More accountability put in place for Dunes charter school

2013-08-15T20:00:00Z 2013-12-28T17:00:30Z More accountability put in place for Dunes charter schoolCarmen McCollum, (219) 662-5337

Gary Sen. Earline Rogers, D-Gary, a retired teacher and a strong proponent of traditional public schools, said she sees nothing wrong with a charter school that has lost its authorizer shopping around for a new one.

That's what Gary's Charter School of the Dunes did last spring. The school was one of seven schools across the state notified in January it would not be renewed by Ball State University's Office of Charter Schools. At that time, Danielle Sleight, charter school board president and chief executive officer, said she would appeal the ruling and search for a new authorizer. Calumet College of St. Joseph agreed to be the school's new charter sponsor effective July 1.

Charter schools are public schools that have more flexibility in hiring teachers and creating a curriculum. The first charter schools in Indiana opened in the 2002-03 school year.

Rogers, who is co-author of the original legislation establishing charter schools, said charter schools have a mission and should not hesitate to get a new authorizer if they believe it will help them better accomplish their mission.

However, Rogers also said there should be a moratorium expanding new charter schools in Gary.

"I think Ball State was under a lot of pressure to not authorize some of their failing schools," she said. "Charter School of the Dunes has a mission dealing with the environment and they had already started on their new building. I believe that and the fact that Calumet College is a local university and is in close proximity to the school will work well for them."

In wake of the recent school grading scandal involving former Indiana Superintendent of Public Instruction Tony Bennett, Rogers said all schools should nonetheless move forward without fear. "Until the grading issue has been resolved, I don't think any school should be penalized," she said.

Charter School of the Dunes and Timothy L. Johnson Academy in Fort Wayne both withdrew their appeals to Ball State and searched for new authorizers last school year.

Calumet College President Dan Lowery said there were "unique circumstances" that led the college to authorize Charter School of the Dunes.

"We were not looking to get into the charter school business," he said, following an open house Aug. 9 when the school celebrated its new energy-efficient, environmentally friendly $13 million steel building at U.S. 20 and Old Hobart Road in Gary.

"Ball State was going through some growing pains. They made a determination to pull back," he said. "We saw great hope and potential. We saw strong leadership. Our education program and faculty are focused on urban education. Then, we have a unique proximity to the school. We also looked at the numbers behind the numbers."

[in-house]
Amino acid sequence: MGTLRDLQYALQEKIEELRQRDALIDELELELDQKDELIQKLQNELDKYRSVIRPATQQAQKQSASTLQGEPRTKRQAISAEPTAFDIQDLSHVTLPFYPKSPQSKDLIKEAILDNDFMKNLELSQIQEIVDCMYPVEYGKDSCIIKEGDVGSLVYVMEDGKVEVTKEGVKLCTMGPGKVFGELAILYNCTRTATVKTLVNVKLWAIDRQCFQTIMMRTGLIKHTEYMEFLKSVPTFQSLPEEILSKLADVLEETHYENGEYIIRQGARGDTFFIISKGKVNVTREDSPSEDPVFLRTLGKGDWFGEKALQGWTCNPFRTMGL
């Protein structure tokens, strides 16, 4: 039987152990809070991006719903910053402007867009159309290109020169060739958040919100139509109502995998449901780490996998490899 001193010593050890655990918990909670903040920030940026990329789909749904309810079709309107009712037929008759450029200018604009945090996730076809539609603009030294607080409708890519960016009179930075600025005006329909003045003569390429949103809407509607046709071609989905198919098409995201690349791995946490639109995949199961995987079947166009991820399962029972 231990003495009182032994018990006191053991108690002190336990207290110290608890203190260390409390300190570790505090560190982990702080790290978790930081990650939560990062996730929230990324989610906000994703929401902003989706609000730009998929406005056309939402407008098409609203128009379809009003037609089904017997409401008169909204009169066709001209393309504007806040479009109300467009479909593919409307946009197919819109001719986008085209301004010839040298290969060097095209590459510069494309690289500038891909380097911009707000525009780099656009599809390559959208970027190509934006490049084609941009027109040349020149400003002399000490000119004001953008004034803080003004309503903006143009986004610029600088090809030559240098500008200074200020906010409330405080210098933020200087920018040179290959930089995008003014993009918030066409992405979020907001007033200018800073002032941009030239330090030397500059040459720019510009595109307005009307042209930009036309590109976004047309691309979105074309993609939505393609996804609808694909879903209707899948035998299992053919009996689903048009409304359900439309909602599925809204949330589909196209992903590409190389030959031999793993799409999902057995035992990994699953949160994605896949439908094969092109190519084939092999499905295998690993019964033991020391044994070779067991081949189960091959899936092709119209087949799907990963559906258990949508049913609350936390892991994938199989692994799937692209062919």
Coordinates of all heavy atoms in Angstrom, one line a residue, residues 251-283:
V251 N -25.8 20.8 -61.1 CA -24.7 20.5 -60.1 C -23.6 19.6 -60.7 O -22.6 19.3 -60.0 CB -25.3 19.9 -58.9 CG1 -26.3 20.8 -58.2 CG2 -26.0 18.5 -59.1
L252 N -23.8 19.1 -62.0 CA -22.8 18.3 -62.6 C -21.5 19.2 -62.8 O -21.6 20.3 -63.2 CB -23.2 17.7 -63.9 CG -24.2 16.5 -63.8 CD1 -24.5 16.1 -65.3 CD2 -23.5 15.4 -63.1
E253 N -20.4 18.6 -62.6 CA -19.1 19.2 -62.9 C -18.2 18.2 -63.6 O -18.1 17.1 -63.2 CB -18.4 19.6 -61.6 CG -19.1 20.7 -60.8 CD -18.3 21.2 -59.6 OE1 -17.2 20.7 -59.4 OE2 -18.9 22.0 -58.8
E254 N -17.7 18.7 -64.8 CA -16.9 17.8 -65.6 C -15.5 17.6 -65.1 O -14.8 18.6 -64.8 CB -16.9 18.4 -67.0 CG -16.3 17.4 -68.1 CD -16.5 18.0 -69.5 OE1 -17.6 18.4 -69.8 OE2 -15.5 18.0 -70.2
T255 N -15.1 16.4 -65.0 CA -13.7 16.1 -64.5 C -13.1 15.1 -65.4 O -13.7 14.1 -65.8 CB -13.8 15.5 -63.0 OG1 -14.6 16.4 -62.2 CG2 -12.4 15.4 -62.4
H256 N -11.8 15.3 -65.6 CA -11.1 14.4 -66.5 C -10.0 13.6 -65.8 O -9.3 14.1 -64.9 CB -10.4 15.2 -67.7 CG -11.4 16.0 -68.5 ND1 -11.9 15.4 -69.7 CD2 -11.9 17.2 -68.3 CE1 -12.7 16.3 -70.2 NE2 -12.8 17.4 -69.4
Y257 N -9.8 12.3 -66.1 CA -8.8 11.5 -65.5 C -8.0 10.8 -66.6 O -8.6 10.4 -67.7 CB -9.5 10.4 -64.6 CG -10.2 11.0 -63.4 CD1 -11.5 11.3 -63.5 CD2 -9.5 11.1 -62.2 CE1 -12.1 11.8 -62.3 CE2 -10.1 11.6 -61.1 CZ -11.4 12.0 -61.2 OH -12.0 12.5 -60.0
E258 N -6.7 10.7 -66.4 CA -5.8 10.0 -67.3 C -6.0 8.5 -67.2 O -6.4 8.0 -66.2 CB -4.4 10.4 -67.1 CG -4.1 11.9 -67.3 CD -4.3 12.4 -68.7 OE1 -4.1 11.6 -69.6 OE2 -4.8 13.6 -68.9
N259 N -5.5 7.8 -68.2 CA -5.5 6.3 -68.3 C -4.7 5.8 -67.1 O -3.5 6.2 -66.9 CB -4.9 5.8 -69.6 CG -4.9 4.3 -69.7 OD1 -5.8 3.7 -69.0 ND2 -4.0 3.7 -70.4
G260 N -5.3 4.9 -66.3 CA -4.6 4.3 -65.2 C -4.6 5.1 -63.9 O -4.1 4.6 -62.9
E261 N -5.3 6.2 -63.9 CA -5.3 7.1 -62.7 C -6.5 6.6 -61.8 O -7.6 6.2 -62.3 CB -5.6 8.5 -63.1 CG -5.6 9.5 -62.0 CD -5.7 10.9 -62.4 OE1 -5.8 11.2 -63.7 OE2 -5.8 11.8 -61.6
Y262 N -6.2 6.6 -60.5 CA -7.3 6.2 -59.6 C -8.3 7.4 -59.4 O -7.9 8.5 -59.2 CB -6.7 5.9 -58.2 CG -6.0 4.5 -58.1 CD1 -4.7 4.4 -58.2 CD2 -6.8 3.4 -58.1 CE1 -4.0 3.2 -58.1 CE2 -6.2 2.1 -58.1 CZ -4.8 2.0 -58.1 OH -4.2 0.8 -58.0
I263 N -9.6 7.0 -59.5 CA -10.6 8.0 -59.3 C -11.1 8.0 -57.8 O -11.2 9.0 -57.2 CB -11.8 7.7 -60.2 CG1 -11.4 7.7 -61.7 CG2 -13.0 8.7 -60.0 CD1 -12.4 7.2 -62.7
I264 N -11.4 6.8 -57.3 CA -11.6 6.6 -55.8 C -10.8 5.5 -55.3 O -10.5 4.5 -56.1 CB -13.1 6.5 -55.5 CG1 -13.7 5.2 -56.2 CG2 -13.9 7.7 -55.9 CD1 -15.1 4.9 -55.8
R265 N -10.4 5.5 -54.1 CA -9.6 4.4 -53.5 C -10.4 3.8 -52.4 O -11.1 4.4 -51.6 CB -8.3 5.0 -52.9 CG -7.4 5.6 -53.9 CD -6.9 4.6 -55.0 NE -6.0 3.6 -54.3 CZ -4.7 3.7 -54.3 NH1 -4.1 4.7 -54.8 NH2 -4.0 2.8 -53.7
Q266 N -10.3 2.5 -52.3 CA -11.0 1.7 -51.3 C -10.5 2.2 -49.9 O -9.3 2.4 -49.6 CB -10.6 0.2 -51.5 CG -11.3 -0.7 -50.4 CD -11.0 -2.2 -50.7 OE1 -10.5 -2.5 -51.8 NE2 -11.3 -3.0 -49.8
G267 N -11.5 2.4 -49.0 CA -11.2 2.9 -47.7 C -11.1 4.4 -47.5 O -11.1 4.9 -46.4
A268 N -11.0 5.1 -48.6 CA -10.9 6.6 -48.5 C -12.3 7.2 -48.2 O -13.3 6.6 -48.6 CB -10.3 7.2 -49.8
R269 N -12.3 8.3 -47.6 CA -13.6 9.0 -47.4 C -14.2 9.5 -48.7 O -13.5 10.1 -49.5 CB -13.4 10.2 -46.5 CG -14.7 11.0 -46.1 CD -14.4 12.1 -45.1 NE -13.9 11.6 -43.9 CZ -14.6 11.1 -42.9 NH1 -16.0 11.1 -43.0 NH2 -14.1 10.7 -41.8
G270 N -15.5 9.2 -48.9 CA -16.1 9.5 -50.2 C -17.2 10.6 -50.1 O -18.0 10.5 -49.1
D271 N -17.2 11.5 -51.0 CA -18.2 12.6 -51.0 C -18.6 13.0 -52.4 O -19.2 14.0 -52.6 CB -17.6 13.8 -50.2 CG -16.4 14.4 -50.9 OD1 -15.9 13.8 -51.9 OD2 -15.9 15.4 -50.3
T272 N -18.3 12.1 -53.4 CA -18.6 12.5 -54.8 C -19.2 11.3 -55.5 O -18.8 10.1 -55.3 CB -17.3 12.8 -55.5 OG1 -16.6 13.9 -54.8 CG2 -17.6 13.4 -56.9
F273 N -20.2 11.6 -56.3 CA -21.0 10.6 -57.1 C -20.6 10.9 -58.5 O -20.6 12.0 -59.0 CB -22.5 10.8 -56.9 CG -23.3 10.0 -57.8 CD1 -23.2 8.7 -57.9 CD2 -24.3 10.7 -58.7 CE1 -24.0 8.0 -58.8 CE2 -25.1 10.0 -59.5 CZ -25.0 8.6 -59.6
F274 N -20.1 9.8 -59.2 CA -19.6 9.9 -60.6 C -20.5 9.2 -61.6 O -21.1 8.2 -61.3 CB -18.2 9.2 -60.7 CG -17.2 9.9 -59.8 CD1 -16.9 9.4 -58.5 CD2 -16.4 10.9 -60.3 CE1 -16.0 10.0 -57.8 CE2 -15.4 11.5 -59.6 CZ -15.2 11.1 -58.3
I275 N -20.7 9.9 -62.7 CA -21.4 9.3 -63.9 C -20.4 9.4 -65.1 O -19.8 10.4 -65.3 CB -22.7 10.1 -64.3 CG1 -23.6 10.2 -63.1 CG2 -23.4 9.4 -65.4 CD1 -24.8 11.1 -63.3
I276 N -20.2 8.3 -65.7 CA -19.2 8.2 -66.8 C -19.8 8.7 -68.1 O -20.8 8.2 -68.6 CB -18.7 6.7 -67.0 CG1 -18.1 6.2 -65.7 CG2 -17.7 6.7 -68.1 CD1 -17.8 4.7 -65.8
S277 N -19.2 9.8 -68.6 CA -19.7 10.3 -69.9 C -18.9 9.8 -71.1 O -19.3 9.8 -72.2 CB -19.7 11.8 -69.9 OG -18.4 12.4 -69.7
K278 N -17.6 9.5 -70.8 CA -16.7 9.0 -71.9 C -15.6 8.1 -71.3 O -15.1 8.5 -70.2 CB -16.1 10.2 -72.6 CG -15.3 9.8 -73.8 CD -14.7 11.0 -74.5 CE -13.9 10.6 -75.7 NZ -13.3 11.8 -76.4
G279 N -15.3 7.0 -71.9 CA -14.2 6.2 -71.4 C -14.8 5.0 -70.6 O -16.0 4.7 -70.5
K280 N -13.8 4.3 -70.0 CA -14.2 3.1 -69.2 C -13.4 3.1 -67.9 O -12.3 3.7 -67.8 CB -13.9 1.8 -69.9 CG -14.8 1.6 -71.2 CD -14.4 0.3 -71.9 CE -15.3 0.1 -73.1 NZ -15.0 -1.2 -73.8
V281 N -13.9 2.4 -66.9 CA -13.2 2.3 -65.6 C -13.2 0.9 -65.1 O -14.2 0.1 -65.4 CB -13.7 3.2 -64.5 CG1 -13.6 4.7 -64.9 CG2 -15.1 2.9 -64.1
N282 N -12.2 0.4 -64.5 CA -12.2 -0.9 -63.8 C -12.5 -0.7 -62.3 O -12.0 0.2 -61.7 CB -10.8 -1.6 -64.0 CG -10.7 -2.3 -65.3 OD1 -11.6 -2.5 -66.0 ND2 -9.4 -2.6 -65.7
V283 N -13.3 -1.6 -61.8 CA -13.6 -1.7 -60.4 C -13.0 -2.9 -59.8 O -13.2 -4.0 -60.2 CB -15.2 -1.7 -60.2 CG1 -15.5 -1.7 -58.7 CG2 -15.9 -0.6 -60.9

Lowery said the college signed a three-year contract with Charter School of the Dunes, and has a well-structured relationship governed by state law. He said Jessica Madden, the college's director of field experience in the education department, has been assigned as the "point person" with the charter school.

Madden said the college has developed an accountability plan with high expectations regarding test scores, teaching strategies and other measures. She said there will be professional development and training for teachers, and she'll be there regularly to observe. Madden said 553 students are enrolled in kindergarten through 11th grade. Classes began Aug. 12.

"Our expectations are high, and I think they see that now," Madden said. "I spoke to several parents at the open house and they said they've already noticed a change in some of the procedures. They mentioned that some things have been changed in the handbooks. There are also different interventions in place for struggling students. I believe we're off to a great start."

Parents Tabatha and Theotis Eskridge, of Gary, who have four children enrolled at Charter School of the Dunes, are thrilled the school remained open. 

"There is a lot of tutoring available," Tabatha Eskridge said. "I'm glad they were able to find another sponsor. The teachers here really care about their students. I think they need to give the staff a chance to prove the school can improve. If you have a few bad scores, it can bring the whole school down."

Richard Barnes, a local educational observer and supporter of Charter School of the Dunes, said for the school to be successful, it must have an authorizer that is sympathetic to and understanding of the Gary culture.

Barnes, of Gary, who has been on a number of boards in Northwest Indiana, said he was encouraged by what he saw at the open house. "The children were meeting their teachers and looking at their classrooms. There was an aura of happiness, which was very encouraging," he said.

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